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I'm hoping someone can shed some light on the discrepancy between the p-values obtained from two different functions in R for conducting a spearman's test. The two tests produce the same p-values in some circumstances but not others. I think I've identified what those circumstances are. When there are repeated values in the vector (i.e. ties), the two procedures produce the same results but when repeated values are replaced the two results of the two procedures diverge. See code below for example:

x2 <- c(1,2,3,4,5,6,7) 
y2 <- c(1,3,6,2,7,4,6) 
cor.test(x2, y2, method="spearman")

Spearman's rank correlation rho

data:  x2 and y2
S = 21.692, p-value = 0.1436
alternative hypothesis: true rho is not equal to 0
sample estimates:
      rho 
0.6126375 

Note the p-value of 0.1436. Using a different function for spearman's from the Hmisc library:

rcorr(x2,y2,type="spearman")
     x    y
x 1.00 0.61
y 0.61 1.00

n= 7 


P
  x      y     
x        0.1436
y 0.1436  

Again, note the p-value of 0.1436. These two procedures result in the same values -as expected of course. However, if I alter the one of the orignal vectors by replacing at least one value that is repeated, the results of the two procedures diverge:

x2 <- c(1,2,3,4,5,6,7) 
y2 <- c(1,3,6,2,7,4,9) #changed last element from 6 to 9 

rcorr(x2,y2,type="spearman")
     x    y
x 1.00 0.75
y 0.75 1.00

n= 7 


P
  x      y     
x        0.0522
y 0.0522  

Note the p-value using cor.test() from above is 0.0522 but using rcorr() I get a p-value of 0.06627 below.

cor.test(x2, y2, method="spearman")

    Spearman's rank correlation rho

data:  x2 and y2
S = 14, p-value = 0.06627
alternative hypothesis: true rho is not equal to 0
sample estimates:
 rho 
0.75 

Now say I replace that last value in y2 with 7 instead of 9. Keep in mind, that the 7 in y2 is repeated twice (in contrast to 9, which is not found in any of the original vectors and thus its addition does not produce a tie).

x2 <- c(1,2,3,4,5,6,7) 
y2 <- c(1,3,6,2,7,4,7) #This time replaced 3 with 7 instead of 9 -note 7 repeats but 9 did not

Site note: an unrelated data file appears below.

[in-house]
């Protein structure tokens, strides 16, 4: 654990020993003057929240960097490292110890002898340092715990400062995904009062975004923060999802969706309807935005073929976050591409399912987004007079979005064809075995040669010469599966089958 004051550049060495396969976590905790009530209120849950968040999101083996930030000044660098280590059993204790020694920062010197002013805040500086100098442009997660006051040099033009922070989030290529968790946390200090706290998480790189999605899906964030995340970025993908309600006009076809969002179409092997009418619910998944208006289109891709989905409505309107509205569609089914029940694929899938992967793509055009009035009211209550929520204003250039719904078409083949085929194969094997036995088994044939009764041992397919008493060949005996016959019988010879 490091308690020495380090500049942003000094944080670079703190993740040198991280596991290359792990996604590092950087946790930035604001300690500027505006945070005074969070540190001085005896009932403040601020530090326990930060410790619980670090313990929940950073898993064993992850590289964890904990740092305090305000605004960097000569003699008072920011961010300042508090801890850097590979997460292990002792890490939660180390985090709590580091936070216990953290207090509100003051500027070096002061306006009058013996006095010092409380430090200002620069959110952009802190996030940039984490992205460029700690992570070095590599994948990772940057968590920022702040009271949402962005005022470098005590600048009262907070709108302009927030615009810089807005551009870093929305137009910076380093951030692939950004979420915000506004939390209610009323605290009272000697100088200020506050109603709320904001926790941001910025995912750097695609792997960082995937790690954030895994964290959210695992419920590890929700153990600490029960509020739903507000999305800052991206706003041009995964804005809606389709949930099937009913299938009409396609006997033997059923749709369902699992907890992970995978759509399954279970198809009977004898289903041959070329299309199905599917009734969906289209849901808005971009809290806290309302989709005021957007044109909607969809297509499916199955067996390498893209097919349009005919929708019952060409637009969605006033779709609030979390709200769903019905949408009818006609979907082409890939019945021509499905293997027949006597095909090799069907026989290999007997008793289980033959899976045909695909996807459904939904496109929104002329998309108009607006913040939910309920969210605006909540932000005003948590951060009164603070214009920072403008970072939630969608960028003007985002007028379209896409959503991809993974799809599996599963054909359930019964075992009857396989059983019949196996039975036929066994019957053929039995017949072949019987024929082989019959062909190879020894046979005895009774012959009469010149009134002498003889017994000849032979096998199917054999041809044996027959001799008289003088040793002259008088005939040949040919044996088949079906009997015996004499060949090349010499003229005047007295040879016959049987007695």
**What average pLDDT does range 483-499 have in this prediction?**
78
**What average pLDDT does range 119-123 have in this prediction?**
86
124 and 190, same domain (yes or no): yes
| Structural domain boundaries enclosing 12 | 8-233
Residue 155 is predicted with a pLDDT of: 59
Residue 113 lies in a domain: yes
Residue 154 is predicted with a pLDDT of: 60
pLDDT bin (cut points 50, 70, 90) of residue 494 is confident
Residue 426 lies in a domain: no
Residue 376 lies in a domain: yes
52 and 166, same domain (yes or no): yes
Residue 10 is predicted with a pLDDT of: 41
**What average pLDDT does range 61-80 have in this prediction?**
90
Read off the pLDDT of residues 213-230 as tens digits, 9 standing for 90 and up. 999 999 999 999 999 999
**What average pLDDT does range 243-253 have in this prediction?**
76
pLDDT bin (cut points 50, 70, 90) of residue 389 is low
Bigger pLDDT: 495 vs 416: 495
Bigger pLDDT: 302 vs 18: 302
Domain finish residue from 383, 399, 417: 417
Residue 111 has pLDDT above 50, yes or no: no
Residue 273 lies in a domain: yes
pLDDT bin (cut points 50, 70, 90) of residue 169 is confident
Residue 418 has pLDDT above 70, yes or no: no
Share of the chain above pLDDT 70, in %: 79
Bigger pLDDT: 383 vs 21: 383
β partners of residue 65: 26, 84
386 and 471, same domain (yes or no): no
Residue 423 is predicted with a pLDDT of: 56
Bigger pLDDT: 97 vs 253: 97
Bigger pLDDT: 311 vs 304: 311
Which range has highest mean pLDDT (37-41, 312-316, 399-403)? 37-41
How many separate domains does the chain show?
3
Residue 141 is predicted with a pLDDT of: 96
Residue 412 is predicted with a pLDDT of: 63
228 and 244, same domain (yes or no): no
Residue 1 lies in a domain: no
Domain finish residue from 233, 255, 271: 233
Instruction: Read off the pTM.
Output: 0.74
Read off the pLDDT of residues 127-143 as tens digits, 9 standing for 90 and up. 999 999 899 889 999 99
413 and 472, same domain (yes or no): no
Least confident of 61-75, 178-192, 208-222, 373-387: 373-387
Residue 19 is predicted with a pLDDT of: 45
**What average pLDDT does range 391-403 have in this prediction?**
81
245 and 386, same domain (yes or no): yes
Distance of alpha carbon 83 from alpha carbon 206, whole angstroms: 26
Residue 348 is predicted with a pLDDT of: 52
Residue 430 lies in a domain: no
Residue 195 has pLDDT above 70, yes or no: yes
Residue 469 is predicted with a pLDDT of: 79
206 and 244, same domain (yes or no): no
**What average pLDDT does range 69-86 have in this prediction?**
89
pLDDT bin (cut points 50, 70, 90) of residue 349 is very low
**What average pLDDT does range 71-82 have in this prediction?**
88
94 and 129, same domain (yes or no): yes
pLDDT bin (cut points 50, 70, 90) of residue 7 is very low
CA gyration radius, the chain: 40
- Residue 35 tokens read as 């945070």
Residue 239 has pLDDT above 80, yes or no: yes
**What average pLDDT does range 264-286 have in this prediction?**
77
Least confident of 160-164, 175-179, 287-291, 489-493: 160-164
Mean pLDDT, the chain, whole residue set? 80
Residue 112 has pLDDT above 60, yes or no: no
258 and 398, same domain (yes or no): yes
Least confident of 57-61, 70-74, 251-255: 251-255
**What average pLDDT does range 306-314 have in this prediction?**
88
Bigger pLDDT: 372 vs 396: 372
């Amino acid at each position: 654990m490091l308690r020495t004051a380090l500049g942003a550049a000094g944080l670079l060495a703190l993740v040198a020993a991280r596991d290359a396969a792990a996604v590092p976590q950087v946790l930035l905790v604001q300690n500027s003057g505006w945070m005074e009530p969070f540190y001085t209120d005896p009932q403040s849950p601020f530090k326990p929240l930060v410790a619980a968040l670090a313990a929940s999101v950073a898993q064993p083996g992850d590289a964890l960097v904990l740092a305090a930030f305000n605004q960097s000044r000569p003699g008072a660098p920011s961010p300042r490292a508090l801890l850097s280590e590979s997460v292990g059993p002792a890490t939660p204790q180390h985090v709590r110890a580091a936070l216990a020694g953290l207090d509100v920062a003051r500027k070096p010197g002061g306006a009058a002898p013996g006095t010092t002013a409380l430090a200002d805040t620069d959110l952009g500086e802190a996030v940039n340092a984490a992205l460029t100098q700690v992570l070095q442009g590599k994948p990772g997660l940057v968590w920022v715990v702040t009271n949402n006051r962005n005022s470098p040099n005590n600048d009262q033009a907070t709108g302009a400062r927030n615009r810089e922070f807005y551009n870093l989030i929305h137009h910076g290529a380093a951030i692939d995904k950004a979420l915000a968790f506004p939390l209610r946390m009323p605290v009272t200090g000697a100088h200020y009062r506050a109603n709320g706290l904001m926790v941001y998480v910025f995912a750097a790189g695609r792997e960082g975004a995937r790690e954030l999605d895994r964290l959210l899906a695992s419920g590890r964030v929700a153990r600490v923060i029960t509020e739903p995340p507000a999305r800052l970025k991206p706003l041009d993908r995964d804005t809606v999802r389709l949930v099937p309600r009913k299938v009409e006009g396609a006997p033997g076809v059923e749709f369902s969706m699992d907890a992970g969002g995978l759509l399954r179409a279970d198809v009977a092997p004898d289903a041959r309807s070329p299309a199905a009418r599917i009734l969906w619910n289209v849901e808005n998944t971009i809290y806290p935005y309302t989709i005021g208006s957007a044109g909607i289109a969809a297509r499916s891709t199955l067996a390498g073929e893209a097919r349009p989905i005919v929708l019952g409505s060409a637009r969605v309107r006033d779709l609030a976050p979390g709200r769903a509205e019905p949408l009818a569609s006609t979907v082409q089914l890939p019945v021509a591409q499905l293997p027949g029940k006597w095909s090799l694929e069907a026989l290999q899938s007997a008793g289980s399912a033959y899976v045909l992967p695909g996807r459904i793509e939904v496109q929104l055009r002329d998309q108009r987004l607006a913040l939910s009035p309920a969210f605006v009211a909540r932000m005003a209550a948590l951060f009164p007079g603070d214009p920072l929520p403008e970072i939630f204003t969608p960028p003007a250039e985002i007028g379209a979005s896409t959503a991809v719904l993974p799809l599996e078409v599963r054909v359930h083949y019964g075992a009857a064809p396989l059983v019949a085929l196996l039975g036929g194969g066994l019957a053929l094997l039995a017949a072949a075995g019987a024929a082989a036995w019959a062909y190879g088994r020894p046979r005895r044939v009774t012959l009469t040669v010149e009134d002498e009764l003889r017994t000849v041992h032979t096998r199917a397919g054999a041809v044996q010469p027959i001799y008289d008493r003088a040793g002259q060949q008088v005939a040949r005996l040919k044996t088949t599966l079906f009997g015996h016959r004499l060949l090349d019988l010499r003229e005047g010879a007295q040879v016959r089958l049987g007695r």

cor.test(x2, y2, method="spearman")

    Spearman's rank correlation rho

data:  x2 and y2
S = 15.638, p-value = 0.06763
alternative hypothesis: true rho is not equal to 0
sample estimates:
    rho 
0.72075 

Note the p-value of 0.06763. In this case, cor.test() and rcorr() produce the same p-value:

rcorr(x2,y2,type="spearman")
     x    y
x 1.00 0.72
y 0.72 1.00

n= 7 


P
  x      y     
x        0.0676
y 0.0676  

Does anyone have an idea of what's going on here? Why is it that when tied/repeated values are present, the two methods produce the same results yet diverge when additional non tied values are added.

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? cor.test() says:

For Spearman's test, p-values are computed using algorithm AS 89 for n < 1290 and exact = TRUE, otherwise via the asymptotic t approximation.

(and default value is exact = TRUE). And its Warning message:

In cor.test.default(x2, y2, method = "spearman") : Cannot compute exact p-value with ties

They mean that if you don't give an argument exact, cor.test() uses algorithm AS 89 when n < 1290 and no tie. rcorr() always calculates p-values via the asymptotic t approximation, so cor.test() and rcorr() return the same p-value when any ties are present.

getS3method("cor.test", "default") gives you the code. D. J. Best and D. E. Roberts, Algorithm AS 89: The Upper Tail Probabilities of Spearman's Rho, Applied Statistics, Vol.24, No.3 1975, pp.377-379 gives the details about AS 89.

[Edited]

Algorithm AS 89 has two methods, the "exact" method and the "semi-exact" method. cor.test() uses the former when n < 10 and the latter when 9 < n < 1290. In your case, p.value was calculated by the "exact" method.

If you do it manually;

library(e1071)           # to get permutations

x2 <- c(1,2,3,4,5,6,7) 
y2 <- c(1,3,6,2,7,4,9)   # second y2
permutation <- permutations(7)
n <- length(x2)

rho <- cor.test(x2, y2, method="spearman")$estimate  # 0.75

# the function to calculate rho between an argument and y2
f.rho <- function(a) 1 - 6 * sum((rank(a) - rank(y2))^2) / (n^3 - n)

x2.all.permutation <- matrix(x2[permutation], ncol=7)
x2.all.permutation.rho <- apply(x2.all.permutation, 1, function(a) f.rho(a))

sum(x2.all.permutation.rho > rho) / factorial(7) * 2   # [1] 0.06626984

cor.test(x2, y2, method="spearman")$p.value   # [1] 0.06626984  # the same
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